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How fast (or slow) a blend is depends on
cardinality (number of unique values)
of blended fields. If anything more than 10000,
the performance degrades significantly.
The type of a blended fields matters, too,
as number calcs are faster than string ones.
hope this helps.
In addition to what Yuriy said, there are a few other factors involved:
- Tableau has to query both data sources, get the results, do whatever sorting it needs to do in order to line up the domains, and then do the blend. In this architecture blends will generally be slower than joins.
- Tableau tries to make this invisible to the end user, but there are two different kinds of data blending, DB1 uses at least 3 queries to get the data, DB2*** uses at least 5, if you're triggering DB2 then that could be slowing things down due to the additional queries involved.
- Whether your primary data source supports temp tables. Here's an extreme example: In version 8, Tableau Server Published Data Sources that are extracts do not support temp tables until v9, so there have been cases where users saw a view refresh take 5-10 seconds on Desktop and 2-3 _minutes_ on Server. One of the many performance improvements in v9 is that temp table support and Server performance comes much closer to Desktop.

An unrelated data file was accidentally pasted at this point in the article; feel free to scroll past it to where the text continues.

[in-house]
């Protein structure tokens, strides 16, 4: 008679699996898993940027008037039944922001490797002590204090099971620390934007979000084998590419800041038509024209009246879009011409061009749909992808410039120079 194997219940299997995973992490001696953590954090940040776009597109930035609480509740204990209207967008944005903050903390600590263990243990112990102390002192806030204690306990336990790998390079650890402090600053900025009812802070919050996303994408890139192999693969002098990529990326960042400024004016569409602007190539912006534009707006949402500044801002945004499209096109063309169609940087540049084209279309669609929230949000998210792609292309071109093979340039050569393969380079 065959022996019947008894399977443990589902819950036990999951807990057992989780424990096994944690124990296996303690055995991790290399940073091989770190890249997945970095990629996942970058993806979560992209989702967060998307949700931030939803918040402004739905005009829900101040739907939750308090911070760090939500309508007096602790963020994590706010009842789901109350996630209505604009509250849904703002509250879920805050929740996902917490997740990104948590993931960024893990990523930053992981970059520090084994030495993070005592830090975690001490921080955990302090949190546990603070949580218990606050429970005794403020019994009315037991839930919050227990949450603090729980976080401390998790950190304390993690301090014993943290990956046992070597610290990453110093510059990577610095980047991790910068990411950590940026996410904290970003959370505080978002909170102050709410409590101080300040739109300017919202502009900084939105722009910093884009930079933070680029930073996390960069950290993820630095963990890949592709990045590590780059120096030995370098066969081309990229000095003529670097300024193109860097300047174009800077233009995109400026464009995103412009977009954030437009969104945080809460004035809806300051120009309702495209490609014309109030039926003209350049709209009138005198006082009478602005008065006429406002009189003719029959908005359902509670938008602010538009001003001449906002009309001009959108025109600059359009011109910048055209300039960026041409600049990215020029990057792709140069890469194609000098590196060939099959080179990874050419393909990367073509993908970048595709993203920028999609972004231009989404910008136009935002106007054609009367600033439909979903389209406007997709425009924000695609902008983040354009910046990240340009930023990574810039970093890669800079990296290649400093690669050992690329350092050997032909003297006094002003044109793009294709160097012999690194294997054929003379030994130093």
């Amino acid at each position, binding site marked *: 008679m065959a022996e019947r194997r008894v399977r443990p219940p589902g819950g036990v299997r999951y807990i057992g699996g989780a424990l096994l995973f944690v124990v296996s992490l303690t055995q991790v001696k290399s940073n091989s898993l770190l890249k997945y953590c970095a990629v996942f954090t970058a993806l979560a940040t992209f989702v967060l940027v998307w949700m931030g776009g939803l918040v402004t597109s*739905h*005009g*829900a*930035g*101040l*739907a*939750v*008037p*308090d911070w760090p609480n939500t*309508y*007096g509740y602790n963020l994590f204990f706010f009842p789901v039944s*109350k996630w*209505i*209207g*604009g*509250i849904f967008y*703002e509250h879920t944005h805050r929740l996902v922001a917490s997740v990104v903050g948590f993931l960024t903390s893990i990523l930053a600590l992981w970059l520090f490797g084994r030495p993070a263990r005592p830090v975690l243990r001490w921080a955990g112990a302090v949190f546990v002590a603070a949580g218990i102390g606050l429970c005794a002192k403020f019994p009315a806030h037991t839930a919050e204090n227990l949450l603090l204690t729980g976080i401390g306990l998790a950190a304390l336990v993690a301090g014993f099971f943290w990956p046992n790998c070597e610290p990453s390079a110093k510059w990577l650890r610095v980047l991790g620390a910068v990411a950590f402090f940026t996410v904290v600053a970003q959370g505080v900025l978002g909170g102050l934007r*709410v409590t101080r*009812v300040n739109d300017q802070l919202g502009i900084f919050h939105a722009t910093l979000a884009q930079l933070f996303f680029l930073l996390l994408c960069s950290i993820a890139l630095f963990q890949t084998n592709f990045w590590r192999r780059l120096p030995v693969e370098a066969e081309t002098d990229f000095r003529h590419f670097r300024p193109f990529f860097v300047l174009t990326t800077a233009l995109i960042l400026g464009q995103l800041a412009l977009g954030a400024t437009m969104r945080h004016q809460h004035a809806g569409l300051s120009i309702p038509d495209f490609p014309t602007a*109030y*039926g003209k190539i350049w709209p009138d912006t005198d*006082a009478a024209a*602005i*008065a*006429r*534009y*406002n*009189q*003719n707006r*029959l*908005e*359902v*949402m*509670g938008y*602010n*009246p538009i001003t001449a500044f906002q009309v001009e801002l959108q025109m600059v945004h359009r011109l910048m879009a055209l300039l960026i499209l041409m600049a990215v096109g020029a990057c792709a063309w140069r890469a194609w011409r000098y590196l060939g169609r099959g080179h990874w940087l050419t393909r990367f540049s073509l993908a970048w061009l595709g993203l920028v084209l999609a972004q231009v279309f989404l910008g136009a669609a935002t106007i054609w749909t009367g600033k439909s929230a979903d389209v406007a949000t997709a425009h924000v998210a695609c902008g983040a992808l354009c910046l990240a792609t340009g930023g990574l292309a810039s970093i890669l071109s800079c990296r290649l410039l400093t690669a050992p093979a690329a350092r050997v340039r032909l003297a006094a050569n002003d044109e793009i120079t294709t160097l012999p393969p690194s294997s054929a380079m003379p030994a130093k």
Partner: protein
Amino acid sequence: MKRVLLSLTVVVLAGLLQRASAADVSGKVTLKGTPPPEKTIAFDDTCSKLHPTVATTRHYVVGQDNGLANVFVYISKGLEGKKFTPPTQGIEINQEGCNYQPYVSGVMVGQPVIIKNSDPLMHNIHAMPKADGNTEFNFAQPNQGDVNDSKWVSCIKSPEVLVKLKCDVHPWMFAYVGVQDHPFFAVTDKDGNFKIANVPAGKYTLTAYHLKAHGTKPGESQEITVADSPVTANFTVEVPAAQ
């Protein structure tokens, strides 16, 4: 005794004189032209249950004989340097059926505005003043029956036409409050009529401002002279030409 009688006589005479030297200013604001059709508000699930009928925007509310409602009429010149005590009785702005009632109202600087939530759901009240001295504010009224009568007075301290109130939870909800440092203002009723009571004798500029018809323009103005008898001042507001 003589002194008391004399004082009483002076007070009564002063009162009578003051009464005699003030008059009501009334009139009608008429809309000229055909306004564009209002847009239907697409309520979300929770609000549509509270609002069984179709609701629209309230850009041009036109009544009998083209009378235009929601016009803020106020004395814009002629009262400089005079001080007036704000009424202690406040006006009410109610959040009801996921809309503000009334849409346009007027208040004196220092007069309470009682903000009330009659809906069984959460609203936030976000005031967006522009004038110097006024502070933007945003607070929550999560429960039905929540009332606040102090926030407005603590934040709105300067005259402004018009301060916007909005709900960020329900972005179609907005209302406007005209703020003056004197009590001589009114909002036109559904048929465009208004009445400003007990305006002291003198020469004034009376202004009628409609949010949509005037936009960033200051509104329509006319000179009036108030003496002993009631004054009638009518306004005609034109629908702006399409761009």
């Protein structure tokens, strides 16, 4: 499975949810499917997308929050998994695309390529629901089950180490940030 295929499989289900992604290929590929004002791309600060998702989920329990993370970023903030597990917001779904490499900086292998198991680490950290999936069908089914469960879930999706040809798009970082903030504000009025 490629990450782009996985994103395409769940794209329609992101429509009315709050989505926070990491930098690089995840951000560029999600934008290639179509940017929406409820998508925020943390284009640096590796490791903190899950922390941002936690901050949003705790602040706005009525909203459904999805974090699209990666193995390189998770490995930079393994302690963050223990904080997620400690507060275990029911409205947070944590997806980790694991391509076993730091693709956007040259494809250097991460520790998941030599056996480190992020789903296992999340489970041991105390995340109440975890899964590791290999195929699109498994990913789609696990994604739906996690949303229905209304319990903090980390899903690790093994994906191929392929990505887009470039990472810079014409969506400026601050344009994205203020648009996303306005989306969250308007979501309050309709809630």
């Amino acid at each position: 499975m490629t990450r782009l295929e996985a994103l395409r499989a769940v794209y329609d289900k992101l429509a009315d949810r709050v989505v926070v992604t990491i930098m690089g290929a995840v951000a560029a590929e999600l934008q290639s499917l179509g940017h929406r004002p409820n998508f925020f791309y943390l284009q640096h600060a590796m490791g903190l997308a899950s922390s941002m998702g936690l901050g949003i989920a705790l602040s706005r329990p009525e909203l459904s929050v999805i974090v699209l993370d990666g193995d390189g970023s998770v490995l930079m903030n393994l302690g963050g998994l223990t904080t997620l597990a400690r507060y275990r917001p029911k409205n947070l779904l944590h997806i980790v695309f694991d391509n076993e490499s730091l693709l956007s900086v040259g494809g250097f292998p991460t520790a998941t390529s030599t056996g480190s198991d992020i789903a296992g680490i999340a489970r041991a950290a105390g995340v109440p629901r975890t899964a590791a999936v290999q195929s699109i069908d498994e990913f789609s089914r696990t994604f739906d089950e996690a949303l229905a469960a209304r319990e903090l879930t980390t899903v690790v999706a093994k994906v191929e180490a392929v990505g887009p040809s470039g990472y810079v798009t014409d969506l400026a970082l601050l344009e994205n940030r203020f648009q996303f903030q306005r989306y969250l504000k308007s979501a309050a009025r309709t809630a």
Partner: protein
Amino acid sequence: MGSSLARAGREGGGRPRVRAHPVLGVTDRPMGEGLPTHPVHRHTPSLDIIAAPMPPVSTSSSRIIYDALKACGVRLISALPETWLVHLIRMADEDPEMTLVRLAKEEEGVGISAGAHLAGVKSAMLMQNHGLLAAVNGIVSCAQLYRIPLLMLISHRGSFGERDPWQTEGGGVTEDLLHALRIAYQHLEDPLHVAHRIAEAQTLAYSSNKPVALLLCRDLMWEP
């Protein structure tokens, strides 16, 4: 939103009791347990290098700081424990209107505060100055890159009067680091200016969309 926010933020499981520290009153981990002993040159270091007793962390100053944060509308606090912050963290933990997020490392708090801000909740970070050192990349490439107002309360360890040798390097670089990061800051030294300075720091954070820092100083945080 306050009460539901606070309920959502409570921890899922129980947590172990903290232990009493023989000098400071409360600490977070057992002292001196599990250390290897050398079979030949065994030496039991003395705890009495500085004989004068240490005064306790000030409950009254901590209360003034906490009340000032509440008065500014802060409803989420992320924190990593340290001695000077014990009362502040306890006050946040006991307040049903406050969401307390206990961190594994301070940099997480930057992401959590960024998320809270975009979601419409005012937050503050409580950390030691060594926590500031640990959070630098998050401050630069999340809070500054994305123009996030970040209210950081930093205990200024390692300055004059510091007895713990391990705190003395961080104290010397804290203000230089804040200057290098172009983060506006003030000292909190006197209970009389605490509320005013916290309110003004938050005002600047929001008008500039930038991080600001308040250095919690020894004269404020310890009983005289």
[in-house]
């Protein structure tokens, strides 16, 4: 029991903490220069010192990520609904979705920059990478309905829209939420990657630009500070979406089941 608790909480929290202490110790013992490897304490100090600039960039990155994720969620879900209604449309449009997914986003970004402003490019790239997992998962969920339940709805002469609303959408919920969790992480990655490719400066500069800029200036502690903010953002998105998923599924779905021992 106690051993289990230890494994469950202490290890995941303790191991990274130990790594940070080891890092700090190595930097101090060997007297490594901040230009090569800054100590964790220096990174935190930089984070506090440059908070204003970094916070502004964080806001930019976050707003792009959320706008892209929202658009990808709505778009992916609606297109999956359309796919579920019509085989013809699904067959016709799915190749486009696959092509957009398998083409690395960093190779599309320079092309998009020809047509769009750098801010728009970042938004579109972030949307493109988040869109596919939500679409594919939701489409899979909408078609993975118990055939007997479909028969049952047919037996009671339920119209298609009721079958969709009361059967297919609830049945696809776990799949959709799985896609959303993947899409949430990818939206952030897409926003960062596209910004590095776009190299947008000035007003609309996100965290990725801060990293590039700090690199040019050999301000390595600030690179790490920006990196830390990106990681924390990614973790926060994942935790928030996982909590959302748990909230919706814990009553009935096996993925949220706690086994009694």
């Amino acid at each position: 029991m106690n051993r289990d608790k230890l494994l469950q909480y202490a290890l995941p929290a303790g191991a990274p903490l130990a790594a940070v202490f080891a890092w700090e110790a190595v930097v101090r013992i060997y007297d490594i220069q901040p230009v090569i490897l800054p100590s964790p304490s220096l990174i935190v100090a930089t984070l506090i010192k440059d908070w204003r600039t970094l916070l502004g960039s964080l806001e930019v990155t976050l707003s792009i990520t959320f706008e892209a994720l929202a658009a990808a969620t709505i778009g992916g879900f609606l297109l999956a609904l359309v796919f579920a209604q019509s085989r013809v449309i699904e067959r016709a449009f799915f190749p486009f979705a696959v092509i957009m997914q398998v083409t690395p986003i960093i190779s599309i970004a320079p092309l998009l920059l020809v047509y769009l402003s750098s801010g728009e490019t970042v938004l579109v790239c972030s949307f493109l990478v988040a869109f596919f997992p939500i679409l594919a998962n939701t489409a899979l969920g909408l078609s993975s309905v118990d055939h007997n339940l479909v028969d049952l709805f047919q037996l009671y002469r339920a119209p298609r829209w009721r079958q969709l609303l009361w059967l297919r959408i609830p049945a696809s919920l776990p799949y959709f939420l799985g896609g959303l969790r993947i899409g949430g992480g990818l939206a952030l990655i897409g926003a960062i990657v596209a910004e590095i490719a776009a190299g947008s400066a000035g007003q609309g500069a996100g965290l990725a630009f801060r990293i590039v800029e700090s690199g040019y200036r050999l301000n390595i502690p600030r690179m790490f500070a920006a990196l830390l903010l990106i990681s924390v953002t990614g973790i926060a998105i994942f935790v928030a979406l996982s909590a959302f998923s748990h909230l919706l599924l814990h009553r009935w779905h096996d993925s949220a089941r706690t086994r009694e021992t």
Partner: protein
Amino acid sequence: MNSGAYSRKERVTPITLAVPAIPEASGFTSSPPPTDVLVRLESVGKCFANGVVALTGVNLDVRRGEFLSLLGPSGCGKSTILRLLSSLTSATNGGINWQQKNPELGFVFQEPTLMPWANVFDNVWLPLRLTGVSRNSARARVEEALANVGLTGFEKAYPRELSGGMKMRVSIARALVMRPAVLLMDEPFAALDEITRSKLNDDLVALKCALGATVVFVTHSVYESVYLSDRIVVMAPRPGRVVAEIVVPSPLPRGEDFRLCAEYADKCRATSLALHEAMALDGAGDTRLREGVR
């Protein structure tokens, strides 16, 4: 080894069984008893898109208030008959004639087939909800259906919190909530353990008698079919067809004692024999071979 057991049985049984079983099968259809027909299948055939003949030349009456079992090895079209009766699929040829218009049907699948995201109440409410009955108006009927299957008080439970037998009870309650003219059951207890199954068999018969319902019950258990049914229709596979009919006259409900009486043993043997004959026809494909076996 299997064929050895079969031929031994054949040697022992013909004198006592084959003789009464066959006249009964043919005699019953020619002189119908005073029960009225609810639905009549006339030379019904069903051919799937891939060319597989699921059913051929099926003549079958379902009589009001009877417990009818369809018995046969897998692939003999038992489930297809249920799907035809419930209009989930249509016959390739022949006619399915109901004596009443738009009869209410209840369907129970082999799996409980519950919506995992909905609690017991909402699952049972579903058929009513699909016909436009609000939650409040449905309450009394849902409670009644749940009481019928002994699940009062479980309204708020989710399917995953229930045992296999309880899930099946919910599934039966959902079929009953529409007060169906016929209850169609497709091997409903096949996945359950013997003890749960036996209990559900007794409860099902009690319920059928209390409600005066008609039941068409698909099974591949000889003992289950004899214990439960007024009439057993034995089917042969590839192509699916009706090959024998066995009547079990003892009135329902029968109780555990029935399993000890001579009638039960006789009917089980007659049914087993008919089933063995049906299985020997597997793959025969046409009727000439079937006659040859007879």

*** Using dimensions from the 2ndary source on any Shelf or having linking dimensions not in the view is what triggers DB2 blending in a particular view.
Thank you Jonathan for explaining.
I found blends almost "freeze" on a (v8) server all the time,
though render acceptably on a desktop.
Ought to resort to ETL to a single source and outer joins,
which works but tend to be very time consuming.
Looking (im)patiently for a v9 server release.